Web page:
<Oops, wrong "From" again, resent>

I measured it in a different number of cases, both on SSDs and spinning
rust. I just reproduced it with:

postgres-ckpt14 \
      -D /srv/temp/pgdev-dev-800/ \
      -c maintenance_work_mem=2GB \
      -c fsync=on \
      -c synchronous_commit=off \
      -c shared_buffers=2GB \
      -c wal_level=hot_standby \
      -c max_wal_senders=10 \
      -c max_wal_size=100GB \
      -c checkpoint_timeout=30s

Using a fresh cluster each time (copied from a "template" to save time)
and using
pgbench -M prepared -c 16 -j 16 -T 300 -P 1

I must say that I have not succeeded in reproducing any significant regression up to now on an HDD. I'm running some more tests again because I had left out some options above that I thought were non essential.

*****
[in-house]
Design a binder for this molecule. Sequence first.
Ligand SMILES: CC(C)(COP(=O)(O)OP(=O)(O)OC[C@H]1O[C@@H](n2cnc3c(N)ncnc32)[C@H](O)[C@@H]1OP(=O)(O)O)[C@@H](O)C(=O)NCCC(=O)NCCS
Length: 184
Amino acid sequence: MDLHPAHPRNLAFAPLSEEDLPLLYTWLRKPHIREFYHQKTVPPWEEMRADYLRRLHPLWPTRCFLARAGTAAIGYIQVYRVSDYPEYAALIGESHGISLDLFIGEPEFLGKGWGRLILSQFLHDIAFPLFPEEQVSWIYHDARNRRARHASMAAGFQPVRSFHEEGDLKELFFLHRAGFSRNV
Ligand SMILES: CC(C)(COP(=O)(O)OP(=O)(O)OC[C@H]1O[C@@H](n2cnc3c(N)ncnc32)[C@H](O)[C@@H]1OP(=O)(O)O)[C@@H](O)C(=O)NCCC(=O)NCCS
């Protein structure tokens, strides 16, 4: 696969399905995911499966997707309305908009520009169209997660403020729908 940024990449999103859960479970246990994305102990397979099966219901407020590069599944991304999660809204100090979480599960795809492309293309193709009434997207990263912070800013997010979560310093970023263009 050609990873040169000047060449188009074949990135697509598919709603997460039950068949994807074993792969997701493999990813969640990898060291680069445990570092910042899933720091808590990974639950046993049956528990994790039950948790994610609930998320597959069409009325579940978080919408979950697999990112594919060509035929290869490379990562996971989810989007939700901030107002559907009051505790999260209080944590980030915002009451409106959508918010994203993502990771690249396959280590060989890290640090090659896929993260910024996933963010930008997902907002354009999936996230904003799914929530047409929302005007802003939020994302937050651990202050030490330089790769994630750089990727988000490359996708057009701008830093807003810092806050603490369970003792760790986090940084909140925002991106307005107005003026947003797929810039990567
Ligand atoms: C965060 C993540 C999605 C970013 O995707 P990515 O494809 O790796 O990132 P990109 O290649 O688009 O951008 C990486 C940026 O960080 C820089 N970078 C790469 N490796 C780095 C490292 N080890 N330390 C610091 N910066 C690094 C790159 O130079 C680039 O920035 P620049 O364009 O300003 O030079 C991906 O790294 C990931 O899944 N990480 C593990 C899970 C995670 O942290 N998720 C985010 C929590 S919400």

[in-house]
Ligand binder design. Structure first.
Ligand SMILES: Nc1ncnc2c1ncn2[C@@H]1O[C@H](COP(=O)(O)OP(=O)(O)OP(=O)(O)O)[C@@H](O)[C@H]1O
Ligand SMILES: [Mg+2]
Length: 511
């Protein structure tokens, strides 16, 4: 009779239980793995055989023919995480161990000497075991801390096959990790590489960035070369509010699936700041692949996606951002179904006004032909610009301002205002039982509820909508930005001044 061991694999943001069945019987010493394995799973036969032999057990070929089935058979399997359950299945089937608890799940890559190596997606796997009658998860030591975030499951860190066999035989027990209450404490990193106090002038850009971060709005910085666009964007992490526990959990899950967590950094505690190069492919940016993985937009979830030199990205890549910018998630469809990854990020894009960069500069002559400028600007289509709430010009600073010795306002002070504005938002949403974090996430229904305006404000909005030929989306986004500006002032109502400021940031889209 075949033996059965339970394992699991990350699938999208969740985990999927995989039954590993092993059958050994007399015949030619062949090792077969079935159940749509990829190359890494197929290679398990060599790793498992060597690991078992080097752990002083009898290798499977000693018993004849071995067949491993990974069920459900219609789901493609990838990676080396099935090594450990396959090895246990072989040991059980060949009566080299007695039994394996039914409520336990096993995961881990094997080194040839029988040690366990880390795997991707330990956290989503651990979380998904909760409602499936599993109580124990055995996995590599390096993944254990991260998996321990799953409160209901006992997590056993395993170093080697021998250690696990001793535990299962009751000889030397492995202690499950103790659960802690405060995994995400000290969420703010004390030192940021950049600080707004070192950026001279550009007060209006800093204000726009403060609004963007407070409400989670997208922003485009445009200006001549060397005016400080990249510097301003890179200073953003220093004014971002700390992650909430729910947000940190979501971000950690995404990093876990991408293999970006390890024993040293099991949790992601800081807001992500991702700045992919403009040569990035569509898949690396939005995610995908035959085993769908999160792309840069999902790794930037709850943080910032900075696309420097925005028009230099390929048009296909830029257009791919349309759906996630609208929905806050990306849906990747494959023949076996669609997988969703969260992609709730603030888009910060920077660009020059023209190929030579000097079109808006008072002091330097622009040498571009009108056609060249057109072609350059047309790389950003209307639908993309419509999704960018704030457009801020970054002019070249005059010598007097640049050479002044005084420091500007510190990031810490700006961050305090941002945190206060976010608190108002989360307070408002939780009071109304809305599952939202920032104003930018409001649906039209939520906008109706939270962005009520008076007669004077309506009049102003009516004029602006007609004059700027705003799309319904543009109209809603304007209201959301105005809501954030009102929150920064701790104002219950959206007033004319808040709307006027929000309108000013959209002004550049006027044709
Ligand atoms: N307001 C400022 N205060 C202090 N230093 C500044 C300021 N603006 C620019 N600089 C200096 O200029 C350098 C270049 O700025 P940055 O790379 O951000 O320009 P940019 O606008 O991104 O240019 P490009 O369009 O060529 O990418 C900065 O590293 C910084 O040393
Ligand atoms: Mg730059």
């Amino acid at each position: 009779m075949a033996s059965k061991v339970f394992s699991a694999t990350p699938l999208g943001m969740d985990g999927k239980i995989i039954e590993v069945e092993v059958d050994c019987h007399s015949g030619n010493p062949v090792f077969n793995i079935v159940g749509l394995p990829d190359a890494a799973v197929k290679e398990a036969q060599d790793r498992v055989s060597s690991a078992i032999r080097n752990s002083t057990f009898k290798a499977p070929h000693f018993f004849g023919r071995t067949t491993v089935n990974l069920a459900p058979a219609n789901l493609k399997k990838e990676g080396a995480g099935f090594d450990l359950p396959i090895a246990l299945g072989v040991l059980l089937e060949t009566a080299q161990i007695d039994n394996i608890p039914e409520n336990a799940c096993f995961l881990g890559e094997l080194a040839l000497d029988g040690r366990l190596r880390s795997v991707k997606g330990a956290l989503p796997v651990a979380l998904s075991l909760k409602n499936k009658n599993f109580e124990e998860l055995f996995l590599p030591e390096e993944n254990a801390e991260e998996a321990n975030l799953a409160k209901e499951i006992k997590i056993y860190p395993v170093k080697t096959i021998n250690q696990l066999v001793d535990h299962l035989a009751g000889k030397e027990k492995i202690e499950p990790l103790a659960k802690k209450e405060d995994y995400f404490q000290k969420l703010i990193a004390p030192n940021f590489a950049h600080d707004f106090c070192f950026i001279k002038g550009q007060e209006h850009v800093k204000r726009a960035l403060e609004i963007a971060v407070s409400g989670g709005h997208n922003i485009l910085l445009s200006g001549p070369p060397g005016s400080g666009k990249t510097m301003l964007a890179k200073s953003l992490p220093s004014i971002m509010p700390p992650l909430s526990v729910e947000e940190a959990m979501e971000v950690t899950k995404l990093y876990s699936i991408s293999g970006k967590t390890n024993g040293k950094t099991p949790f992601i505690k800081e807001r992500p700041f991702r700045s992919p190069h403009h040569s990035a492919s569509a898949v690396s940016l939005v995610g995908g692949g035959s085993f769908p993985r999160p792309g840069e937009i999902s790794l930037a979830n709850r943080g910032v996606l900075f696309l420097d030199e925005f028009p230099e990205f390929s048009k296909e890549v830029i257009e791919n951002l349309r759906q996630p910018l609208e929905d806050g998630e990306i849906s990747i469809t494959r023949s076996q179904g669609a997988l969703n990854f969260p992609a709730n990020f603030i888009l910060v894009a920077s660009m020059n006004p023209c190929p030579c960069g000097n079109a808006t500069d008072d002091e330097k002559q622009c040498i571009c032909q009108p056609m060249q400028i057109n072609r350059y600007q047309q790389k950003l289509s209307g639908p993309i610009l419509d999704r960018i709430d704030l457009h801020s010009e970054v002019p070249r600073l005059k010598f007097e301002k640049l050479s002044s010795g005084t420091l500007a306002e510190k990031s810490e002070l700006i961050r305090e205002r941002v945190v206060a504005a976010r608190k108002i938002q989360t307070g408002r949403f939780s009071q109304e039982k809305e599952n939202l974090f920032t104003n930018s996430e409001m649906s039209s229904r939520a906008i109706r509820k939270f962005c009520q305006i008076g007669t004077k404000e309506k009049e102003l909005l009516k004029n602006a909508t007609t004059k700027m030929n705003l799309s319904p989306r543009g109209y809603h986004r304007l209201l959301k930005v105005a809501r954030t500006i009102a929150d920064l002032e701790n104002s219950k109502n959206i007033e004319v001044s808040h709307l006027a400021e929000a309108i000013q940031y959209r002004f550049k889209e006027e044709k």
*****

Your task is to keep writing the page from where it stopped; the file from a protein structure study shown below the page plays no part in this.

I have deep problems with the 30-second checkpoint tests: basically the checkpoints take much more than 30 seconds to complete, the system is not stable, the 300 seconds runs last more than 900 seconds because the clients are stuck a long time. The overall behavior is appaling as most of the time is spent in IO panic at 0 tps.

Also, the performance level is around 160 tps on HDDs, which make sense to me for a 7200 rpm HDD capable of about x00 random writes per second. It seems to me that you reported much better performance on HDD, but I cannot really see how this would be possible if data are indeed writen to disk. Any idea?

Also, what is the very precise postgres version & patch used in your tests on HDDs?

both before/after patch are higher) if I disable full_page_writes,
thereby eliminating a lot of other IO.

Maybe this is an explanation....


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